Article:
How likely is this? As I said, it makes no sense in the abstract. It’s nearly impossible to see a path to victory for either Abbott or the appointed anti-Abbott. It’s instructive to compare to 2006, where Carole Keeton Strayhorn and Kinky Friedman were taking votes away from both Rick Perry and Chris Bell. Nobody who considers themselves remotely a Democrat is going to be wooed by whoever Empower Texans could vomit onto the ballot. Maybe they would consider a victory by Julian Castro or whichever Dem to be preferable to another Abbott term, in their own version of “the two parties are the same, we must burn down the duopoly to get everything we want”. Just because it makes no sense doesn’t mean it can’t happen. For now, if I had to bet, my money would be on some token but not completely obscure challenger to Abbott in the primary – think Steve Stockman against John Cornyn in 2014, something like that. But a lot can happen in a year, and if the Dems do well this November, that could add to the pressure against Abbott. Who knows? Just another bubbling plot line to keep an eye on.

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One Response to When Republicans fight

  1. Kibitzer Curiae says:


    Today’s crucifixion of Chris Hollins hardly comes as a surprise. But we also got a minor spat among the high court Republicans on how to handle the tagalong cases.

    The split among them reflects the rift-pattern that emerged earlier in COVID-related supreme court litigation. Justice Devine again parted ways with the majority (as he did in the GOP convention mandamus) and in doing so did them favor: he helped them appear more moderate than they really are.

    Today marked the day the judicial branch of the Texas GOP blessed the Attorney General’s consolidation of power under the judge-made “ultra vires” doctrine, and set precedent for the AG’s supreme right to kick around the locals whenever they do something that displeases the “Sovereign” as determined by the AG. For good measure, the Supremes exempted the “Sovereign” from having to meet the temporary injunction criteria as they apply to all other litigations who seek the court’s help to restrain the freedom of others.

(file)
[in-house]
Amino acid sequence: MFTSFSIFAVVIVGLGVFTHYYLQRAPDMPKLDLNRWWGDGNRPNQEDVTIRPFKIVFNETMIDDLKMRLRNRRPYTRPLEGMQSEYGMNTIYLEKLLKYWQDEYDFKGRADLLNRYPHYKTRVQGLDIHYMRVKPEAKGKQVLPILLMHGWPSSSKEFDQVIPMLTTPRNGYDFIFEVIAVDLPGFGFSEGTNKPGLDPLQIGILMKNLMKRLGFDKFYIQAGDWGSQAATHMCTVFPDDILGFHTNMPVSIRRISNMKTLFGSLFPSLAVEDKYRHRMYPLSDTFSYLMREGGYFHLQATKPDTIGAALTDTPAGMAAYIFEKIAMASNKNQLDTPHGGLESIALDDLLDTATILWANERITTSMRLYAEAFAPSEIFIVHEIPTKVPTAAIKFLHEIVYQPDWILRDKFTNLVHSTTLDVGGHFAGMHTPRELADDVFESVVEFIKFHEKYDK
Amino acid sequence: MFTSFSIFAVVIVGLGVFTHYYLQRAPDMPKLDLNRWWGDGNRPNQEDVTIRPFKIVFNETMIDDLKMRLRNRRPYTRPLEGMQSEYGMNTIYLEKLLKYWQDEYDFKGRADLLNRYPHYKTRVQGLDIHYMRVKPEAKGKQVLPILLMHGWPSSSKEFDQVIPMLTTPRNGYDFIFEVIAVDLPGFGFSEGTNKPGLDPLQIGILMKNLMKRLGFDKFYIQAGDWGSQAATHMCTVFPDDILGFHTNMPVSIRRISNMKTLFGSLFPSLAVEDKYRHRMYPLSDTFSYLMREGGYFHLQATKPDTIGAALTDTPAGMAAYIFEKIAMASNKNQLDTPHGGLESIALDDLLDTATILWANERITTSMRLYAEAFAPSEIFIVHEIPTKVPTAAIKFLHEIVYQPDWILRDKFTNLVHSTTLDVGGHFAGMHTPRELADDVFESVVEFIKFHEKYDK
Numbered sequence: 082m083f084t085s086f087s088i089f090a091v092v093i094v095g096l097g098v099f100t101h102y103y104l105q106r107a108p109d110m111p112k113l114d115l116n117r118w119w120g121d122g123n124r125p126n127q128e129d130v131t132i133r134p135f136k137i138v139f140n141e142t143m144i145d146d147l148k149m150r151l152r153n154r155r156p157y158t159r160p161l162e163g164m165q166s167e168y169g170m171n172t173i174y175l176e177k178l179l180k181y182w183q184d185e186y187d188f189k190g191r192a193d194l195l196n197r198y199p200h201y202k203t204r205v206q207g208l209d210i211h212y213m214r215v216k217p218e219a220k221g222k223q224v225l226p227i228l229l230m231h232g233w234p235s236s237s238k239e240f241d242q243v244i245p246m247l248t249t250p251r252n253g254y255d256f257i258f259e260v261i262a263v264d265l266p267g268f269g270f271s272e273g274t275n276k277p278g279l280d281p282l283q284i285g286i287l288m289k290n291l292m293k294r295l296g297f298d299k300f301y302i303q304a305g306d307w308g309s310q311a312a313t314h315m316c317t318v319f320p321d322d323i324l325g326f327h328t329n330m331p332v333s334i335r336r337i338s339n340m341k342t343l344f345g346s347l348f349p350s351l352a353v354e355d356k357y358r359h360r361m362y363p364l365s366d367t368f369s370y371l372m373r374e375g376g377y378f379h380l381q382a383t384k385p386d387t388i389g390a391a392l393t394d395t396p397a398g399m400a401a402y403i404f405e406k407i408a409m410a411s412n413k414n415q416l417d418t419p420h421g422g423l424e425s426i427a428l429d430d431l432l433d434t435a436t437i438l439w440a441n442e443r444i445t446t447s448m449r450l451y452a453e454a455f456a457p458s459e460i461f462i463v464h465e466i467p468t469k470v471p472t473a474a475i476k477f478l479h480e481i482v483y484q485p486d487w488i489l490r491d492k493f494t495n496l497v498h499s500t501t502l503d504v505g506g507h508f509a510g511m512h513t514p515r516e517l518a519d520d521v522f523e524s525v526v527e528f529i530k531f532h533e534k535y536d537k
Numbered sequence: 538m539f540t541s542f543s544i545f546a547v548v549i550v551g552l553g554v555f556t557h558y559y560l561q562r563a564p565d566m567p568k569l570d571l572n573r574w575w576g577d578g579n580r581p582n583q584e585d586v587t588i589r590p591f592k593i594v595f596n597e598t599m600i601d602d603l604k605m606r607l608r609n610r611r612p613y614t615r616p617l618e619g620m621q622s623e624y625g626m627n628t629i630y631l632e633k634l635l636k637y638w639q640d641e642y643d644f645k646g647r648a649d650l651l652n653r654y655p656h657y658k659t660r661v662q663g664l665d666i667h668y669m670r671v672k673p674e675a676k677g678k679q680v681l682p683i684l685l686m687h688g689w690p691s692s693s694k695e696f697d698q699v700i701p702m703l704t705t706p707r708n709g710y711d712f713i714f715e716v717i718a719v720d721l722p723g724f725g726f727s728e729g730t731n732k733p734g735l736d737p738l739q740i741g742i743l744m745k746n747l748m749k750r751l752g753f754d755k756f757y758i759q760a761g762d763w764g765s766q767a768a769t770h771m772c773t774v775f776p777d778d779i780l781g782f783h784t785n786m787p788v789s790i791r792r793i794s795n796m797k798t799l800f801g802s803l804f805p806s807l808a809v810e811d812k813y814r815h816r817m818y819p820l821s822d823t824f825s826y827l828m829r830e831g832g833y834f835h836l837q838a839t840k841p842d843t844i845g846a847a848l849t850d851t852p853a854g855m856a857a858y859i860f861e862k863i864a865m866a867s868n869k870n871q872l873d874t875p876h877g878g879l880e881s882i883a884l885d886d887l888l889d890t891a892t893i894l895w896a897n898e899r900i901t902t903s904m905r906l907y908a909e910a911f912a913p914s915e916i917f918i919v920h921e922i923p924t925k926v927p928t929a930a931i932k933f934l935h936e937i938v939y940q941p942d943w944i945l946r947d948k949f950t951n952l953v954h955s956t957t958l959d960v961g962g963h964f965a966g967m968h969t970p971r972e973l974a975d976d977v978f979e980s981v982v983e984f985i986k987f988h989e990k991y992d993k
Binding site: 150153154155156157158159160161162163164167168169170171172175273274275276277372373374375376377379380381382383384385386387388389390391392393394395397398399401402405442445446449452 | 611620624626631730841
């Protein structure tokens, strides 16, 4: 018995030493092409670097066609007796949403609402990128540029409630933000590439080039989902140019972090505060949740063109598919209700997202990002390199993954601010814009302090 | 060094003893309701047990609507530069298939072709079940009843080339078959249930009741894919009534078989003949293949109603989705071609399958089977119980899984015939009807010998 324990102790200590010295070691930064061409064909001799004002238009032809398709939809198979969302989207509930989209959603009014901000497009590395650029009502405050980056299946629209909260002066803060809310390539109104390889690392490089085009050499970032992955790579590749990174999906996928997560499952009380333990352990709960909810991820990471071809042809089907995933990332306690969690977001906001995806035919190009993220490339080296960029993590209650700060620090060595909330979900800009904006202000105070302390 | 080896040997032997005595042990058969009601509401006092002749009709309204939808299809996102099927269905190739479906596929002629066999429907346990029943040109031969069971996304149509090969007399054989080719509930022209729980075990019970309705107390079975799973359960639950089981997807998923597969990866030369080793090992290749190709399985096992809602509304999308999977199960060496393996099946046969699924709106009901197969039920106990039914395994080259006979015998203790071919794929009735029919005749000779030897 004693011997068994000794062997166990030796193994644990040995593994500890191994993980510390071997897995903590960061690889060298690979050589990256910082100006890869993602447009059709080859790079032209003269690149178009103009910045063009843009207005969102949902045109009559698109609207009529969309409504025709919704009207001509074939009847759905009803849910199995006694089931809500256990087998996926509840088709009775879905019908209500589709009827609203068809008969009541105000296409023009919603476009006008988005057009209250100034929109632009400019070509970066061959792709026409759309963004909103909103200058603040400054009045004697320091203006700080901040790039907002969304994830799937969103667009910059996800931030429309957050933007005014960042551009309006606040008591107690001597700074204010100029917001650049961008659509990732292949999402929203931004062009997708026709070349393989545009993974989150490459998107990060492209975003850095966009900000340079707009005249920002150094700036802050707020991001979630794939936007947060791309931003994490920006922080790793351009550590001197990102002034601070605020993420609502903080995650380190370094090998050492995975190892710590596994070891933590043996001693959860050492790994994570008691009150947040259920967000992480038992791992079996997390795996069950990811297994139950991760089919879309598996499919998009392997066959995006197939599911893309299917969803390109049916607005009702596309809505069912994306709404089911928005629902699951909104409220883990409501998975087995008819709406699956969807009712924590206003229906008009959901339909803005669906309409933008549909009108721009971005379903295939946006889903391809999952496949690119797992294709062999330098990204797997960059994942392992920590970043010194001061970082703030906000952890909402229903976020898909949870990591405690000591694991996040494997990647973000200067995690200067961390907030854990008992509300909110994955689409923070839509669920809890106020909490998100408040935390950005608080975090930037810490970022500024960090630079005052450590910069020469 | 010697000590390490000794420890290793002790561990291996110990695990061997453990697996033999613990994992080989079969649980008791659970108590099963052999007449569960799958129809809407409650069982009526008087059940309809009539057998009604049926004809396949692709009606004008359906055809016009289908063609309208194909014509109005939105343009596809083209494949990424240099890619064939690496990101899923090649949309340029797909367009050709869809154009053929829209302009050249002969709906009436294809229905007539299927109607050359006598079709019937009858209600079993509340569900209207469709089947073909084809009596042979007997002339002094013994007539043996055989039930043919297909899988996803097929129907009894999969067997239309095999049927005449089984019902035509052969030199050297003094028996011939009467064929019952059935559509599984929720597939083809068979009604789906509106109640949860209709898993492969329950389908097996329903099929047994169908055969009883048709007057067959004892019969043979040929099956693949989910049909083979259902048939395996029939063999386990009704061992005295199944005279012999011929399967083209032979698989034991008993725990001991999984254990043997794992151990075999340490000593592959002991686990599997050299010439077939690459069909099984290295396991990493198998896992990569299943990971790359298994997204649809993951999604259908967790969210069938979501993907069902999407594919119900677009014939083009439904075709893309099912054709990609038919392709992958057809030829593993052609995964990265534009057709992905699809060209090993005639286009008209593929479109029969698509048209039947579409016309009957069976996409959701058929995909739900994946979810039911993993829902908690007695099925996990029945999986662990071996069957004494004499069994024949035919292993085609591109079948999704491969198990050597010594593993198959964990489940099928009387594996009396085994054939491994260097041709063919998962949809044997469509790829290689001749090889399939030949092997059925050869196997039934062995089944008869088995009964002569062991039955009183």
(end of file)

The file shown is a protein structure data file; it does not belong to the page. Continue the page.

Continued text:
As a consequence, the Attorney General, marching into civil court as “the State” will no longer have to put on evidence of an irreparable injury before he gets judicial help to put a straightjacket on a local official by way of temporary injunction. A complaint about “unprecedented” acts at the local level – properly dressed up as an “ultra-vires” claim — should do the trick henceforth. The State is, after all, the State, and entitled to have its way no matter what. Never mind the merits. Sovereign injury is like sovereign immunity. It’s inherent. No evidence needed.


    Justice Devine would have granted even more eve-of-election relief than his colleagues were willing to countenance, by overturning Governor Abbott’s COVID-specific modifications of election procedures that he had instituted under the authority of the Texas Disaster Act. Devine, who does not owe his seat on the SCOTX to the Governor, views those exercises of emergency powers by Governor Abbott as illegitimate because the Disaster Act, in his view, is itself unconstitutional under the separation of powers provision of the Texas Constitution.

    Although he cited Jimmy Blacklock’s concurrence in an earlier case, Devine again finds himself in the position of a lone dissenter. Indeed, Blacklock, who was in part joined by Busby, chastises Devine (albeit not by name) for his willingness to abandon all measure of judicial restraint: